Cuban Fury Director: James Griffiths Stars: Nick Frost, Rashida Jones, Chris O'Dowd
As film pitches go, ‘Nick Frost and Rashida Jones in a romantic comedy about salsa-mad industrial engineers’ sounds like it was devised during a strenuous game of stringing random words together. James Griffiths’ amiable but flat-footed debut feature plays that way too, counting on its super-game cast to feel their way through a script that, however droll in concept, is surprisingly short on clear punchlines. They do their disarming best, but the gags still raise more smiles than laughs.
Frost plays Bruce, a doleful, tubby office drone whose social life is limited to equally pathetic golfing buddies and his tiki-bar waitress sister Sam (Olivia Colman, lovable as ever in a Carmen Miranda get-up). You’d never guess that he was once a teenage salsa-dancing champion, until peer bullying drove him to abandon his passion. He’s practically forgotten it himself, until his beguiling new boss (Jones) turns out to be a bit of a hoofer herself.
All of which makes for the basis of a pretty straightforward wallflower-makes-good story – with Chris O’Dowd a welcome sideshow as Bruce’s obnoxious alpha-male rival. Well, supposedly obnoxious, though it’s hard not to feel that the more dynamic leading man is taking the secondary role here. Guy Lodge
The Raid 2 Director: Gareth Evans Stars: Iko Uwais, Yayan Ruhian, Arifin Putra
Delirium awaits action fans with British director-writer-editor Gareth Evans’s intoxicating sequel to 2011’s The Raid – another Indonesian gangster film that alternates sequences of ground-breaking (and bone breaking) combat with scenes of the most boring conference meetings imaginable. Almost laughably, there’s a plot here, mainly unrelated to the first film, involving a cop gone undercover (Iko Uwais), a gangster’s showboating son (Arifin Putra) and a limping criminal overlord (Alex Abbad). Evans can’t pull off a simple conversation to save his life, and his unnecessarily complex The Departed-style set-up reveals a desperation to be taken seriously.
He should rest easy: no other filmmaker on the planet can touch Evans for long-take beatdowns and wildly inventive flourishes that call to mind Jackie Chan’s heyday with 1992’s Supercop and little since. That’s accomplishment enough. You’ll hear your crowd’s first wave of stunned applause after a muddy prison-yard showdown that results in a sizeable diminishment of the inmate population.
Occasionally, Evans tries to mix up his tone; he’s still working on that. There’s exactly one joke in the entire two-and-a-half-hour epic, when a henchman whose weapon of choice is a baseball bat hits a few balls with fatal precision. Expecting strong female characters is a fool’s errand, and the only nod in that direction is a hammer-wielding angel of death (and, less prominently, some karaoke girls). Regardless, only viewers with zero appreciation for the genre will leave unimpressed; devotees should add approximately six stars to the rating above. Joshua Rothkopf
The Philosophers Director: John Huddles Stars: James D’Arcy, Sophie Lowe, Daryl Sabara
An apocalyptic drama that sees a group of high-minded philosophy students at an international school in Jakarta debating who would be saved in the case of a disaster based upon their professions and logic. But things take a turn as the real and hypothetical worlds collide – are the students really prepared to live by their ethos and continue the eugenics experiment? Time Out staff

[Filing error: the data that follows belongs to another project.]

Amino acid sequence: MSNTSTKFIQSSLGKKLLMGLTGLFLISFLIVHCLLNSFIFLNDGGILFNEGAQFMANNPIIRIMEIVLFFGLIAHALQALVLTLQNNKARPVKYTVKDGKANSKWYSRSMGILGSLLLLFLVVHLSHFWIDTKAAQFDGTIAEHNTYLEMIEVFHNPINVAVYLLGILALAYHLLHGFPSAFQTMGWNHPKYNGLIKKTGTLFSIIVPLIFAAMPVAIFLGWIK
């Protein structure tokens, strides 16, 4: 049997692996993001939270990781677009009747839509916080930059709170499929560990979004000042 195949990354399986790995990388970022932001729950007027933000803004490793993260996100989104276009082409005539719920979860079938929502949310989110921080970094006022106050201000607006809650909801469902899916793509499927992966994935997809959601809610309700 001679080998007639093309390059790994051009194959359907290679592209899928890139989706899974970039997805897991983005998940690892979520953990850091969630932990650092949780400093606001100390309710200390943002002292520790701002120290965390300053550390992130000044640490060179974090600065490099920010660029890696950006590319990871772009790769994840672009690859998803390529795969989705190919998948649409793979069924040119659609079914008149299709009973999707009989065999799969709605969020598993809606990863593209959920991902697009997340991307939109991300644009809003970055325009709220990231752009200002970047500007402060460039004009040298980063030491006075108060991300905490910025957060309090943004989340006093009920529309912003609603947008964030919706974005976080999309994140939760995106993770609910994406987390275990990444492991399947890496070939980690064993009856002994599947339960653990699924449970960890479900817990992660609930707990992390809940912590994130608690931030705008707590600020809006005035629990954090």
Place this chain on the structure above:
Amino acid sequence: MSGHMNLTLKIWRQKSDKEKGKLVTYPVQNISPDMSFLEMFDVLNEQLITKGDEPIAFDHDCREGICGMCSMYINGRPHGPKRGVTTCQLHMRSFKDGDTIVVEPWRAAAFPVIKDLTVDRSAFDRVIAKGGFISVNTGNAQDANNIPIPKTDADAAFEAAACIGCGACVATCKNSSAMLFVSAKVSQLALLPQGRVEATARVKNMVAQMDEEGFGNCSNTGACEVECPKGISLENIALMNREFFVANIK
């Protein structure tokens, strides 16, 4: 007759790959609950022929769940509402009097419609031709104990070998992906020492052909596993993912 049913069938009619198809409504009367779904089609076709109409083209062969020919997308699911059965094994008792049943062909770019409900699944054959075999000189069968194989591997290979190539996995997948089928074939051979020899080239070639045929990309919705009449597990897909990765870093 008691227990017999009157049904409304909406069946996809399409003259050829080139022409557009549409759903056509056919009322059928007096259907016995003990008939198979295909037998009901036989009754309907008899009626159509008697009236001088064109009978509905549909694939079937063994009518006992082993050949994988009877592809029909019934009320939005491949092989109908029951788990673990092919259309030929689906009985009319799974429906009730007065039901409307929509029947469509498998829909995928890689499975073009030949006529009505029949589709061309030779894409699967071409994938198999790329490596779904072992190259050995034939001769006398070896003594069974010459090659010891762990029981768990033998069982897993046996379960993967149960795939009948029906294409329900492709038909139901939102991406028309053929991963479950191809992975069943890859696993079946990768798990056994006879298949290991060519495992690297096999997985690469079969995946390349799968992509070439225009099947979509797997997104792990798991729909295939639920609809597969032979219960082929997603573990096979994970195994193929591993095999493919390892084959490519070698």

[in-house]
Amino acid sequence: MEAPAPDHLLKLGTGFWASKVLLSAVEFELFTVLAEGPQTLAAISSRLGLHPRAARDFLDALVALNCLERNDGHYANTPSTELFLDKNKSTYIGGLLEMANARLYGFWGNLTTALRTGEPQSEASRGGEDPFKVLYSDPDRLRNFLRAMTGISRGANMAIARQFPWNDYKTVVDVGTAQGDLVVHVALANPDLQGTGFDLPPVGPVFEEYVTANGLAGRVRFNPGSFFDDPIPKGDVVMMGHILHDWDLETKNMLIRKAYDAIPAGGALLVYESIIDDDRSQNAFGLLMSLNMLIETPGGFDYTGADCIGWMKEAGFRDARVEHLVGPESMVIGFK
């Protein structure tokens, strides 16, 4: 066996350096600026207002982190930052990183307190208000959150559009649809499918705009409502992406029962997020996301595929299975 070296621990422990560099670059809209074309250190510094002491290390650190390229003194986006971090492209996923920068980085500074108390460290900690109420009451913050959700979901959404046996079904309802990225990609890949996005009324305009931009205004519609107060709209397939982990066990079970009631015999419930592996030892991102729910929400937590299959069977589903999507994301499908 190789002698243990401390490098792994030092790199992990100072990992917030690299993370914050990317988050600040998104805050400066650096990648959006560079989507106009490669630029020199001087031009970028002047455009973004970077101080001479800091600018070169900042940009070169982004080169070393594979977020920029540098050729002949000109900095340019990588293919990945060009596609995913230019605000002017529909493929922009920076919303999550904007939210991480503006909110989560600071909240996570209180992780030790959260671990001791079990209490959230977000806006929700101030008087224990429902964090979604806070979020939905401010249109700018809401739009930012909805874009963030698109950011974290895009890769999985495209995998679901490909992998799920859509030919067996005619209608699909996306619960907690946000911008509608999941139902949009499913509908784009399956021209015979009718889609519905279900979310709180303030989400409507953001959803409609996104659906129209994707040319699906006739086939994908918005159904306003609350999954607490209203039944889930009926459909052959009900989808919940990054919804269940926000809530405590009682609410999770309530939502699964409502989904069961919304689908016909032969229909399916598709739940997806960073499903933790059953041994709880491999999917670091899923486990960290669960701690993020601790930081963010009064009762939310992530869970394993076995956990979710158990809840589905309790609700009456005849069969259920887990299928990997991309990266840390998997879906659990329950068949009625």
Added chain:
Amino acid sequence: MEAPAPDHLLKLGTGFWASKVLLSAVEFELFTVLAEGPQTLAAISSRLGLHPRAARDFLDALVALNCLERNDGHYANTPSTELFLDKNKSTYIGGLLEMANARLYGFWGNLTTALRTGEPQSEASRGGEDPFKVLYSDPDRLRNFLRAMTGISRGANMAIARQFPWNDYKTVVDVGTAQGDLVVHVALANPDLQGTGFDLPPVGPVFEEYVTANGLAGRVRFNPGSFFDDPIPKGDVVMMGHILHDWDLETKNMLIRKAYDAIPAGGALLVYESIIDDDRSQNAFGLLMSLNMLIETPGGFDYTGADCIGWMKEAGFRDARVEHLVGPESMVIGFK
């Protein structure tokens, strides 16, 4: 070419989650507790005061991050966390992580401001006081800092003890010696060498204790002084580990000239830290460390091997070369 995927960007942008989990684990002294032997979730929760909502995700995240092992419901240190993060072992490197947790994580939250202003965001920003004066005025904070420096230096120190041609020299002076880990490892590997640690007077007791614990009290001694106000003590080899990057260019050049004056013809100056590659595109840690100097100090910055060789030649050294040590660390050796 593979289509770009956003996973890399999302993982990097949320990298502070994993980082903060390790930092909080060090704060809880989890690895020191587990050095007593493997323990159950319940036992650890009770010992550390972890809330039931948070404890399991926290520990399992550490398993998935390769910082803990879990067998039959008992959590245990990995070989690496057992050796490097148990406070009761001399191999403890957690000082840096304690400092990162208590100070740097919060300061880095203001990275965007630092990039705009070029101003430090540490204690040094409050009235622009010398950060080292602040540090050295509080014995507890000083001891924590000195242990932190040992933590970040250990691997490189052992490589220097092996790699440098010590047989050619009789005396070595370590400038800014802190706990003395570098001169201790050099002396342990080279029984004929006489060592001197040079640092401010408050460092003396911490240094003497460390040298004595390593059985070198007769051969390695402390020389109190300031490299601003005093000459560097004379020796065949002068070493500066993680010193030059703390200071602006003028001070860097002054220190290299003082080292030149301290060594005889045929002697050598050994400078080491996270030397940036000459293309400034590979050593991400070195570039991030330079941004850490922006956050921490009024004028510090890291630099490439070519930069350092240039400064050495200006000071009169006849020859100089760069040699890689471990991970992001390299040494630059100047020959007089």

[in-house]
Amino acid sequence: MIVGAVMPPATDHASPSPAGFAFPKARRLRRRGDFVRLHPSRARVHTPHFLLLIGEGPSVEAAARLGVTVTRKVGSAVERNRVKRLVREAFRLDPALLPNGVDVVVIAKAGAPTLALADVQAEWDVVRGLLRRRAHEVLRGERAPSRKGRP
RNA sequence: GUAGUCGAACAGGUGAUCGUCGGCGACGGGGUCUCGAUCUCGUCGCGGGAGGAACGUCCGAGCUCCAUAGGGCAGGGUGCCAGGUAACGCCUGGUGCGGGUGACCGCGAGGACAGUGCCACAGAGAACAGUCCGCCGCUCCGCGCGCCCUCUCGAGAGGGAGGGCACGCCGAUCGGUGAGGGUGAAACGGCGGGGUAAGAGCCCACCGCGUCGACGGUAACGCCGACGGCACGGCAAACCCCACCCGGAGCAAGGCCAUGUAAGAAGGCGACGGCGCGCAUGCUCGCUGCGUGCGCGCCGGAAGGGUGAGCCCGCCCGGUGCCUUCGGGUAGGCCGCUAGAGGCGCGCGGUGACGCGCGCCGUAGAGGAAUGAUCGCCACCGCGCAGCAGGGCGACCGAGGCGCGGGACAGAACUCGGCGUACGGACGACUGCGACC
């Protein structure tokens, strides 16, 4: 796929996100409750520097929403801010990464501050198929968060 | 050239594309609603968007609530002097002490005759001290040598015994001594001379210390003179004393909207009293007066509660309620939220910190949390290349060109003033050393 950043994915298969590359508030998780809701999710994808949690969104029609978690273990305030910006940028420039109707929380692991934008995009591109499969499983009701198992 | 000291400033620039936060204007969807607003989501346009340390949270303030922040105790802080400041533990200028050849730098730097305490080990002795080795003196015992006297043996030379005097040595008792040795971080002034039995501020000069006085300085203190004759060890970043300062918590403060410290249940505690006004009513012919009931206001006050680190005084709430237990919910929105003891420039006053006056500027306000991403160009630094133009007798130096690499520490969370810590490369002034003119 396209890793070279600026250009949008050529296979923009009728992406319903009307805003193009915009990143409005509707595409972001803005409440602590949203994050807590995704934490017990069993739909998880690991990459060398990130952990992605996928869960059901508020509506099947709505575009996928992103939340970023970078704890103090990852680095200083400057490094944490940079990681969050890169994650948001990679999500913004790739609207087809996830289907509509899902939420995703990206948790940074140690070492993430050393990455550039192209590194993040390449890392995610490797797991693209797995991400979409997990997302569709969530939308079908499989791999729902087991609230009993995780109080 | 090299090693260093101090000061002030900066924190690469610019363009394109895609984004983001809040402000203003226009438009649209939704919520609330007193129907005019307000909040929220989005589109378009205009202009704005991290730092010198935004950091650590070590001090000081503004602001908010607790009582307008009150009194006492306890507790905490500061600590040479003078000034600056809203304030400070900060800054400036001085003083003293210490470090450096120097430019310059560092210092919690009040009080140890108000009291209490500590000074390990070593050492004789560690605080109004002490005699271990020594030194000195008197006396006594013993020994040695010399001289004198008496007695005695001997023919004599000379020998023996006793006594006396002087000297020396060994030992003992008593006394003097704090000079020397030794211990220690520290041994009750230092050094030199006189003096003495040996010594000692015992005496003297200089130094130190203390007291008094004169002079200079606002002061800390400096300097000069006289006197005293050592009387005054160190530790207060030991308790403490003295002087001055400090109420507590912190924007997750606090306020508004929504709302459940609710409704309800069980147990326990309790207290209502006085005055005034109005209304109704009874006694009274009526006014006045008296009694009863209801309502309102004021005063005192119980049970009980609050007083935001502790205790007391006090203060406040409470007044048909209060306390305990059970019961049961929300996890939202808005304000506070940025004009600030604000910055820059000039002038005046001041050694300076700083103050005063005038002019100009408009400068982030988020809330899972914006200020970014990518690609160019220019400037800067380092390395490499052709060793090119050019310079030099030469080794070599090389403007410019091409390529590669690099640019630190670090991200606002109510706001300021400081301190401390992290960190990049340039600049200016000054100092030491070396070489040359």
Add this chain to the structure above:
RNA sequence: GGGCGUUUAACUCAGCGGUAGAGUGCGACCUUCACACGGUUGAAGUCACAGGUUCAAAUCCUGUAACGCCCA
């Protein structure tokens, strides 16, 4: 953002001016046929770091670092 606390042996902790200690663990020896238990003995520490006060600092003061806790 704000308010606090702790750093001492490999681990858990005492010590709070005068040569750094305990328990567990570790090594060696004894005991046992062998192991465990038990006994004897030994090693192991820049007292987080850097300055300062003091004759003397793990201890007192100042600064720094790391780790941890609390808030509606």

Stand Off Director: Terry George Stars: Brendan Fraser, Colm Meaney, Martin McCann
Brendan Fraser is back, not as a gun-toting archaeologist – although there are few antiques in this comedy drama. Martin McCann plays Jimbo, a young father with heavy debts who robs a fish market. After seeking refuge in a furniture store, he takes the customers hostage. Time Out staff
Pororo: The Racing Adventure Director: Young Kyun Park Stars: Chris Jai Alex, Anthony Anderson, Zhang Anqi
The inquisitive penguin and his cute friends accidentally cause a plane to make an emergency landing in their village. Inside the plane are turtles that are being shipped to Northpia to deliver ice sleds. Pororo and his friends believe that the turtles are racers, and end up taking lessons from the reptiles before they embark on a racing challenge together. Time Out staff
Jersey Boys Director: Clint Eastwood Stars: John Lloyd Young, Erich Bergen, Michael Lomenda
If you’re not one of the 19 million people who’ve already seen the stage production, now’s the time to swallow your pride and indulge your latent passion for ’60s balladry and screeching falsetto vocals. This musical biography of pop super-group The Four Seasons doesn’t stray far from the Broadway show: John Lloyd Young reprises his role as Frankie Valli, while the script doesn’t appear to take too many liberties with the plot. Clint Eastwood is at the helm, and given his track record in handsome biopics of American cultural icons, he should do the boys proud. Time Out staff
Battle of the Damned Director: Christopher Hatton Stars: Dolph Lundgren, Melanie Zanetti, Matt Doran
Swedish hunk Lundgren plays a private military soldier, Max Gatling, who’s on a mission to save an official’s daughter. Gatling has to enter an infected zone where everyone turns into zombies – so far, so standard, until the squadron of robot soldiers turn up and Gatling becomes their captain. If all you want from your flick of the week is zombies, fight scenes and lots of shootings, then you won’t be disappointed but if you expect much more, you’ll likely be left unfulfilled. Time Out staff